Savannah Martin, age 7
Girl, 7, who drowned in Lawton had struggled to overcome autism
A girl who drowned in a Lawton pond struggled with autism but had learned to talk. She was also trying to learn to swim. Her 2-year-old brother was rescued from the pond and has been released from a hospital.
BY ROBERT MEDLEY firstname.lastname@example.org
Published: February 23, 2011
LAWTON — Doctors once said Savannah Martin would never talk, but she defied the early diagnosis and started to speak. Then she learned to read. She even tried to learn to swim.
But on Sunday, Savannah, 7, who was autistic, slipped away from her home in Lawton and headed for a chilly pond nearby. Her brother, Tommy Martin, 2, who was wearing a bicycle helmet, may have followed her to the pond, said the children's' aunt, Ruth Sanchez, 35.
Savannah was found face down in the pond, which was about 50 yards from her home. Her brother was floating upright next to her, buoyed by the Styrofoam in his helmet.
“We can't believe this little angel is gone,” Sanchez said.
The children's mother, Beth Martin, 31, swam into the pond but was unable to pull her daughter out of the water. A neighbor, Hector Figueroa, 45, swam in and pulled both children to the bank.
It was too late to save Savannah, despite her mother's efforts to perform cardiopulmonary resuscitation.
Lawton firefighters also tried CPR, but Savannah was pronounced dead at Southwestern Medical Center.
Tommy Martin has been released from OU Medical Center in Oklahoma City, where he was treated for hypothermia, a hospital spokesman said Tuesday.
Lawton police Capt. Craig Akard said he doesn't know how long the children were in the water. He said officers are still interviewing witnesses and he couldn't comment on the investigation.
Beth Martin had recently separated from her husband, Thomas Martin, who is in the Oklahoma National Guard, and had been looking for a new place to live because of concerns about the pond, said Sanchez, who is Beth Martin's sister.
Beth Martin wanted to get a house with an alarm system because Savannah had recently figured out how to unlock doors, Sanchez said.
Savannah was diagnosed as autistic when she was 2, Sanchez said. Her mother worked to get her daughter to speak. But Savannah had not quite gotten the hang of swimming.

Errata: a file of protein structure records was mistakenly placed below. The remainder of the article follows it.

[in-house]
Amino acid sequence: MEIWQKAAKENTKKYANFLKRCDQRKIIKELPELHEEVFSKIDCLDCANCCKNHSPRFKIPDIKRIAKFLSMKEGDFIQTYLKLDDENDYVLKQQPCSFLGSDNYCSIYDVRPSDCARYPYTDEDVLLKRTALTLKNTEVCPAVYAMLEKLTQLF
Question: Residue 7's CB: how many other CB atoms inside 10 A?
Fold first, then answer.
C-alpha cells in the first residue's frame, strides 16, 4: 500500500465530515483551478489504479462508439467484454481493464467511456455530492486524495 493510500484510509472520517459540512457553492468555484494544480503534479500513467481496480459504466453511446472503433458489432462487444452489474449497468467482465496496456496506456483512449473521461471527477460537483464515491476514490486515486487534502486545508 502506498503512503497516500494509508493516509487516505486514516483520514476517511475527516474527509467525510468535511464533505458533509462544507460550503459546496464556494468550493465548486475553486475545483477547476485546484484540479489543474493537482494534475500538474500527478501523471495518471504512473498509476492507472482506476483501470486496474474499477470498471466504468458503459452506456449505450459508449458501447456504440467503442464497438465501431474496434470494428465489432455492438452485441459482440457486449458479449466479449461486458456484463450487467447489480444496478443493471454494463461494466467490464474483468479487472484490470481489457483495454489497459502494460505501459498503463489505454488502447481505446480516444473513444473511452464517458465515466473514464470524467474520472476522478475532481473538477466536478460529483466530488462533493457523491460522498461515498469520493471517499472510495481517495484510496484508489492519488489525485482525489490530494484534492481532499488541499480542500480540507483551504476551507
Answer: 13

“She loved the water and playing in the bathtub and swimming. Water was a big draw to her, just the movement of it and the shimmering of the water in the sun outside,” she said.
A family friend, Juliet Burk, of Tahlequah, said Beth Martin worked doggedly with her daughter, even traveling to therapists in upstate New York.
She said Savannah started to say a few words and short sentences by the time she was 5.
In a Feb. 8 Facebook post, Beth Martin wrote: “Savannah looked at me straight in the eyes and said, ‘Give me a hug!' And ran into my arms. Can never thank those in her life that have helped get her to this point enough. Your work is never unnoticed or forgotten.”
Sanchez said her niece was on track to be mainstreamed into a first-grade class at Cache Elementary School. Once a week, Sanchez drove Savannah to the ACI Learning Center in Edmond, a therapy school for autistic children.
“Savannah had made tremendous strides,” Sanchez said. “She'd come home and give us hugs and kisses.”
Savannah loved Disney princesses and fairies and her favorite singer was Taylor Swift. Her brother Tommy was her “cohort,” who would go everywhere with her, Sanchez said.
About 4:30 p.m. Sunday, Beth Martin couldn't find the children in the house and ran to the pond, but didn't see them at first, Sanchez said. Then their older brother, Tristen, 11, went to the pond and heard them screaming.
Beth Martin climbed a barbed-wire fence to get to the pond, but was not strong enough to get her daughter to the bank, Sanchez said.
Martin went into shock at the hospital and has not been able to talk about her daughter's death, Sanchez said.
“Beth had told me she was planning to spend the rest of her life taking care of Savannah so she could give her the best life she could,” Sanchez said.